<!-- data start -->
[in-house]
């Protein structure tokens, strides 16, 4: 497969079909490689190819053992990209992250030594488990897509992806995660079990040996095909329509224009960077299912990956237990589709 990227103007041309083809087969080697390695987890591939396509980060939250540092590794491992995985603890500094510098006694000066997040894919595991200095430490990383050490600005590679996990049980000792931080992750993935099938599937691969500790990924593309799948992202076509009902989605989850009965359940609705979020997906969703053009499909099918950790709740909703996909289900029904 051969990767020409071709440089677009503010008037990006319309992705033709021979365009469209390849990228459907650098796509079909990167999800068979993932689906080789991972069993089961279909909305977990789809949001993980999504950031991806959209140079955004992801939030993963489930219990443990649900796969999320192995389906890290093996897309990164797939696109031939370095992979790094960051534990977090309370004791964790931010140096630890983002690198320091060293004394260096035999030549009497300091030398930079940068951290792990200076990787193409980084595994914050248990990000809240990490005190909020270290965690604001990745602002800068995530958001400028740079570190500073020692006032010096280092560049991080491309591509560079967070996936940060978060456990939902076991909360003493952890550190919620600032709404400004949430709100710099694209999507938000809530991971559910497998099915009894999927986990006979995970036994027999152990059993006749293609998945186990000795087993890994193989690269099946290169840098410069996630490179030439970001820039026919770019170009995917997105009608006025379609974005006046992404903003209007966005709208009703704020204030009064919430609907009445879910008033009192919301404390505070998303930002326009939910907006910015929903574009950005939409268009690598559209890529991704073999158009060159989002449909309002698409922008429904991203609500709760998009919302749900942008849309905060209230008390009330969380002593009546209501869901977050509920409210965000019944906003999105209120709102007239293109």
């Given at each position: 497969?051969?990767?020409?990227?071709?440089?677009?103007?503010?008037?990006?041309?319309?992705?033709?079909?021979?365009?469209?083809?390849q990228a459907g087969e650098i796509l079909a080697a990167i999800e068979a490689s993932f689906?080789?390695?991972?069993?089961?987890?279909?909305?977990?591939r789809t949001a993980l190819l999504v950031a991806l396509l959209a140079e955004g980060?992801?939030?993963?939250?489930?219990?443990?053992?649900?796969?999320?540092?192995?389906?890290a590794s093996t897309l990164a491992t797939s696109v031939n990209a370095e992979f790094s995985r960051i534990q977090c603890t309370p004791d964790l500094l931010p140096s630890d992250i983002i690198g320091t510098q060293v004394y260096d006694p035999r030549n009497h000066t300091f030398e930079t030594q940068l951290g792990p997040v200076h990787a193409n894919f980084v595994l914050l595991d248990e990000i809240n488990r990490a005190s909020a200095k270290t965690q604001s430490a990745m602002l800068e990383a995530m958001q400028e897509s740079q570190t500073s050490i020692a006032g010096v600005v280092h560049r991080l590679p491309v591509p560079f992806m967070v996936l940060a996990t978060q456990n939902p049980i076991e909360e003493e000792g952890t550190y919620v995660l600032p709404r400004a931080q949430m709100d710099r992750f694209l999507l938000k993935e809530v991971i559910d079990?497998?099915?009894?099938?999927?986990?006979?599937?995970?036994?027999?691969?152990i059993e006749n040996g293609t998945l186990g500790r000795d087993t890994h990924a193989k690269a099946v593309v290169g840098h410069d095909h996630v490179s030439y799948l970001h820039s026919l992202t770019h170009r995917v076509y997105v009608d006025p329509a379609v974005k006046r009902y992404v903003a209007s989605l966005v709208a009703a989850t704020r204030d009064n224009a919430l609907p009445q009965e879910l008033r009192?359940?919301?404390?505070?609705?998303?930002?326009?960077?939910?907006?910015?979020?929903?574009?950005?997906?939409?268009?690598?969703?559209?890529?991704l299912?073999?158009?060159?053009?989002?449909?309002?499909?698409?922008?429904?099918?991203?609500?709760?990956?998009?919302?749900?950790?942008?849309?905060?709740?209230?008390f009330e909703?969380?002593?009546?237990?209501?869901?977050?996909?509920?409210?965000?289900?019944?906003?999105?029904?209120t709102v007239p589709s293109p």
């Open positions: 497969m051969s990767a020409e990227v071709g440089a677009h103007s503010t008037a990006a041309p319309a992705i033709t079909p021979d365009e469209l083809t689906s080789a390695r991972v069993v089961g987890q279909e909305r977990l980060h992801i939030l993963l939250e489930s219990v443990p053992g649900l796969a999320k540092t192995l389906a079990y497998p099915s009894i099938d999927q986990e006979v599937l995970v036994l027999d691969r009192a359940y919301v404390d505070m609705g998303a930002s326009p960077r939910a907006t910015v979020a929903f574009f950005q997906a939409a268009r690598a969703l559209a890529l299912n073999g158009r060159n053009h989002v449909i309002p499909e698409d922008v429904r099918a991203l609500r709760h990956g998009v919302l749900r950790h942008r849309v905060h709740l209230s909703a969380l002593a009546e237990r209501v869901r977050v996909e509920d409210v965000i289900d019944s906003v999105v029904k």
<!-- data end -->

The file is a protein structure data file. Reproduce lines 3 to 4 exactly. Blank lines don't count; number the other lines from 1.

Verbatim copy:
């Given at each position: 497969?051969?990767?020409?990227?071709?440089?677009?103007?503010?008037?990006?041309?319309?992705?033709?079909?021979?365009?469209?083809?390849q990228a459907g087969e650098i796509l079909a080697a990167i999800e068979a490689s993932f689906?080789?390695?991972?069993?089961?987890?279909?909305?977990?591939r789809t949001a993980l190819l999504v950031a991806l396509l959209a140079e955004g980060?992801?939030?993963?939250?489930?219990?443990?053992?649900?796969?999320?540092?192995?389906?890290a590794s093996t897309l990164a491992t797939s696109v031939n990209a370095e992979f790094s995985r960051i534990q977090c603890t309370p004791d964790l500094l931010p140096s630890d992250i983002i690198g320091t510098q060293v004394y260096d006694p035999r030549n009497h000066t300091f030398e930079t030594q940068l951290g792990p997040v200076h990787a193409n894919f980084v595994l914050l595991d248990e990000i809240n488990r990490a005190s909020a200095k270290t965690q604001s430490a990745m602002l800068e990383a995530m958001q400028e897509s740079q570190t500073s050490i020692a006032g010096v600005v280092h560049r991080l590679p491309v591509p560079f992806m967070v996936l940060a996990t978060q456990n939902p049980i076991e909360e003493e000792g952890t550190y919620v995660l600032p709404r400004a931080q949430m709100d710099r992750f694209l999507l938000k993935e809530v991971i559910d079990?497998?099915?009894?099938?999927?986990?006979?599937?995970?036994?027999?691969?152990i059993e006749n040996g293609t998945l186990g500790r000795d087993t890994h990924a193989k690269a099946v593309v290169g840098h410069d095909h996630v490179s030439y799948l970001h820039s026919l992202t770019h170009r995917v076509y997105v009608d006025p329509a379609v974005k006046r009902y992404v903003a209007s989605l966005v709208a009703a989850t704020r204030d009064n224009a919430l609907p009445q009965e879910l008033r009192?359940?919301?404390?505070?609705?998303?930002?326009?960077?939910?907006?910015?979020?929903?574009?950005?997906?939409?268009?690598?969703?559209?890529?991704l299912?073999?158009?060159?053009?989002?449909?309002?499909?698409?922008?429904?099918?991203?609500?709760?990956?998009?919302?749900?950790?942008?849309?905060?709740?209230?008390f009330e909703?969380?002593?009546?237990?209501?869901?977050?996909?509920?409210?965000?289900?019944?906003?999105?029904?209120t709102v007239p589709s293109p």
């Open positions: 497969m051969s990767a020409e990227v071709g440089a677009h103007s503010t008037a990006a041309p319309a992705i033709t079909p021979d365009e469209l083809t689906s080789a390695r991972v069993v089961g987890q279909e909305r977990l980060h992801i939030l993963l939250e489930s219990v443990p053992g649900l796969a999320k540092t192995l389906a079990y497998p099915s009894i099938d999927q986990e006979v599937l995970v036994l027999d691969r009192a359940y919301v404390d505070m609705g998303a930002s326009p960077r939910a907006t910015v979020a929903f574009f950005q997906a939409a268009r690598a969703l559209a890529l299912n073999g158009r060159n053009h989002v449909i309002p499909e698409d922008v429904r099918a991203l609500r709760h990956g998009v919302l749900r950790h942008r849309v905060h709740l209230s909703a969380l002593a009546e237990r209501v869901r977050v996909e509920d409210v965000i289900d019944s906003v999105v029904k």